International Conventions in Breach
Nigeria as a member of the United Nations is signatory to a number of International Conventions on Human Rights, notably; The Convention against Torture and Other Cruel, Inhuman or Degrading Treatment or Punishment; the Convention on the Elimination of All Forms of Discrimination against Women; and The Convention on the Rights of the Child. More so, every member state of the UN is obliged to uphold the Universal Declaration on Human Rights. Since Nigeria operates a dualist system, not all UN Treaties on human rights have received ratification, mainly; The International Covenant on Economic, Social and Cultural Rights and The International Covenant on Civil and Political rights. However, ratified legislation uphold sufficiently the inalienably rights of persons as contained in the Constitution and the African Union Charter. Considering the actions of the Herdsmen, there are two major rights in breach; i.e. the right to life and right to property.
The 1999 Constitution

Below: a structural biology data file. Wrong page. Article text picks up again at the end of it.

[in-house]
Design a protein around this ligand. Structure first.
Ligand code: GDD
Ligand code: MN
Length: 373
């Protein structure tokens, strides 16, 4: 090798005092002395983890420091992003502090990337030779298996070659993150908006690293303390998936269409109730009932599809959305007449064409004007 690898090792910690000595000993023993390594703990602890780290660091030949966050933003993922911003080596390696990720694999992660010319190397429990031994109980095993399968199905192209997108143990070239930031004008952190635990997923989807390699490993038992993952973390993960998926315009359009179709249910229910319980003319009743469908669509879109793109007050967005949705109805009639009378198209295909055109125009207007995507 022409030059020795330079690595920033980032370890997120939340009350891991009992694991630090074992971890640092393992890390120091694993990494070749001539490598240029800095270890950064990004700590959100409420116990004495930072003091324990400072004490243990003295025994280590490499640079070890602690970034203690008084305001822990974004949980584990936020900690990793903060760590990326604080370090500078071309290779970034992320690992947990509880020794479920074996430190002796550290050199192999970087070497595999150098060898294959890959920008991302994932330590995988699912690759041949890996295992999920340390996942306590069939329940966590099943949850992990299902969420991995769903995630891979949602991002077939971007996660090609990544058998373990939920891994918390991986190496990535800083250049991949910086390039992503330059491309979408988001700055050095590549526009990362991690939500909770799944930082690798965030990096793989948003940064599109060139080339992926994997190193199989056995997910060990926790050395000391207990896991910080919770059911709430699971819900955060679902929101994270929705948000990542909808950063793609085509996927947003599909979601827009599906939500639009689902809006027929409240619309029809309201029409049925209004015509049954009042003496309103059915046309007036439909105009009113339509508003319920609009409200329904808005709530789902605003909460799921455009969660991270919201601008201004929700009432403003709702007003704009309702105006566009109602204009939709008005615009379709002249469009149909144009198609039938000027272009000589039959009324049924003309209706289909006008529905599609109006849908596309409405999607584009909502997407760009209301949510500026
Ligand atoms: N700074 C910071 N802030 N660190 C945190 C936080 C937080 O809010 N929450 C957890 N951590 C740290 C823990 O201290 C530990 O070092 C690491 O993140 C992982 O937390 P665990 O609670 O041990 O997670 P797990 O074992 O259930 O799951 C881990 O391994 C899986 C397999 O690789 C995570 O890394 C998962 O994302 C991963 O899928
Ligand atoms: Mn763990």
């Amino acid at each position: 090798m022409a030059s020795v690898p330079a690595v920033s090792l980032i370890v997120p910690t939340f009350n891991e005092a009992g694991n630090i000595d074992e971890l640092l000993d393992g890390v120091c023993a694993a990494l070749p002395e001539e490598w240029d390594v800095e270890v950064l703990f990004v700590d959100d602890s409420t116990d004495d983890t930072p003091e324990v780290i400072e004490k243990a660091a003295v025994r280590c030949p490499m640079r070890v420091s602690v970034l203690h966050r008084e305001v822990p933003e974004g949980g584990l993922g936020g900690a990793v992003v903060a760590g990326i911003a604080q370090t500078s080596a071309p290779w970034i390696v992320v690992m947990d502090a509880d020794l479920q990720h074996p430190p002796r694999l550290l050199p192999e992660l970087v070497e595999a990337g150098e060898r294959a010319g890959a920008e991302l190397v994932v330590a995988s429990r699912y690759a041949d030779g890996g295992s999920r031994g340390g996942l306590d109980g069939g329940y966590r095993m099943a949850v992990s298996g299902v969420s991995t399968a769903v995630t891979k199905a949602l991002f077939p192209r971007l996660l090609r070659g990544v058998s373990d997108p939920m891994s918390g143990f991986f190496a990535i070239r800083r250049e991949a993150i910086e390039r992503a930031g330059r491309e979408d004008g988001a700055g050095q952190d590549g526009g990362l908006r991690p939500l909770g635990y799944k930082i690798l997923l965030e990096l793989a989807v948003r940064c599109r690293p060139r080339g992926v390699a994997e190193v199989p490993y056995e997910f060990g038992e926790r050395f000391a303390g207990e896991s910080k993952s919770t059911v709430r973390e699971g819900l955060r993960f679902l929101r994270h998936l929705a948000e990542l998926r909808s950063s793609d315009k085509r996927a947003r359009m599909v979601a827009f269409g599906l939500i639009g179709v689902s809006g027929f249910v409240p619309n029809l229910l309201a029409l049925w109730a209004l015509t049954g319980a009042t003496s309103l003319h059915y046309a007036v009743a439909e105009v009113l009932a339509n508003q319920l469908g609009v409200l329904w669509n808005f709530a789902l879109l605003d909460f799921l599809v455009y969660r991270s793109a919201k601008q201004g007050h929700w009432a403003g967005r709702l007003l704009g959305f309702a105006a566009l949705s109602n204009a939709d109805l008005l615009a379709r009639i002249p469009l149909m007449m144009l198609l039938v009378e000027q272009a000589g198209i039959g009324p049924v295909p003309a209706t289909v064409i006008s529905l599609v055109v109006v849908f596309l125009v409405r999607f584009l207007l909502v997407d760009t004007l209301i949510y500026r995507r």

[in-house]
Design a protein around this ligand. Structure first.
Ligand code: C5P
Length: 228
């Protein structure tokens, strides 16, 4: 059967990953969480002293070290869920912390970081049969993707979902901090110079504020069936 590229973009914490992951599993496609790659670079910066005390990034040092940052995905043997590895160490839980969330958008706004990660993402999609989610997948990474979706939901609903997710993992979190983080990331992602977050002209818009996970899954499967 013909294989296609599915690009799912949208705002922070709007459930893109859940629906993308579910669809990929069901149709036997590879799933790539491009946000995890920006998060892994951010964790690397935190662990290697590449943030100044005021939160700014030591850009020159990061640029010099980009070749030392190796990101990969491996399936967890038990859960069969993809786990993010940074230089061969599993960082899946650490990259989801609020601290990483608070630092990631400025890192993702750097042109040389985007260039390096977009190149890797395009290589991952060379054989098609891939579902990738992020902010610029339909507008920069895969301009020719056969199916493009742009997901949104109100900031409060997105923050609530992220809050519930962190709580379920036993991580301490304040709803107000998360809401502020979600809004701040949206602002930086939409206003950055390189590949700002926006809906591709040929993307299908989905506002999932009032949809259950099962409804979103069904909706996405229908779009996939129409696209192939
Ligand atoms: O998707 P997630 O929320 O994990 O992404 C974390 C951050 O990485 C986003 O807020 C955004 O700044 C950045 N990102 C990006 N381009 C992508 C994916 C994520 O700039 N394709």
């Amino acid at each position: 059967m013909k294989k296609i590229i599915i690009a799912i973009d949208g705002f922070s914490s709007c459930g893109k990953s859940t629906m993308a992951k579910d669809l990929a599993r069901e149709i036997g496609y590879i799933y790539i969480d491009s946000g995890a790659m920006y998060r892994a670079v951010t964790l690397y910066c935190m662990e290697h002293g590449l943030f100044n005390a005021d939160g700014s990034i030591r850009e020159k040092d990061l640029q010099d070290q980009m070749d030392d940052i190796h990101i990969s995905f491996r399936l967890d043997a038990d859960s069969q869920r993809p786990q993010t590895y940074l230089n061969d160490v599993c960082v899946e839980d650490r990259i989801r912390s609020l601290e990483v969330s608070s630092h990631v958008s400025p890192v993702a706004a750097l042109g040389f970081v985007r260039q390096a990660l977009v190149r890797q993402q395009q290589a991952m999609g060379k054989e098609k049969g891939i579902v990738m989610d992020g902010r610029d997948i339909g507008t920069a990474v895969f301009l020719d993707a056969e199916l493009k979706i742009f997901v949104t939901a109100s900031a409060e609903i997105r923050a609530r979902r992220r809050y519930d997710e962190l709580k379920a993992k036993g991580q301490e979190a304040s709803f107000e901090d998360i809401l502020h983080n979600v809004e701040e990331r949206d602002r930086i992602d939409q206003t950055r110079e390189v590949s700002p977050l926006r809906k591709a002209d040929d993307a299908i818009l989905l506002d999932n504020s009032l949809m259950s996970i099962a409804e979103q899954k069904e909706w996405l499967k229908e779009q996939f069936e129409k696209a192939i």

Section 33(1) provides “Every person has a right to life, and no one shall be deprived intentionally of his life, save in execution of the sentence of a court in respect of a criminal offence of which he has been found guilty in Nigeria”. Section 42 (1)(b) further states “A citizen of Nigeria of a particular community, ethnic group, place of origin, sex, religion or political opinion shall not, by reason only that he is such a person be accorded either expressly by, or in the practical application of, any law in force in Nigeria or any such executive or administrative action, any privilege or advantage that is not accorded to citizens of Nigeria of other communities, ethnic groups, places of origin, sex, religions or political opinions”. Section 43 also states “…every citizen of Nigeria shall have the right to acquire and own immovable property anywhere in Nigeria”.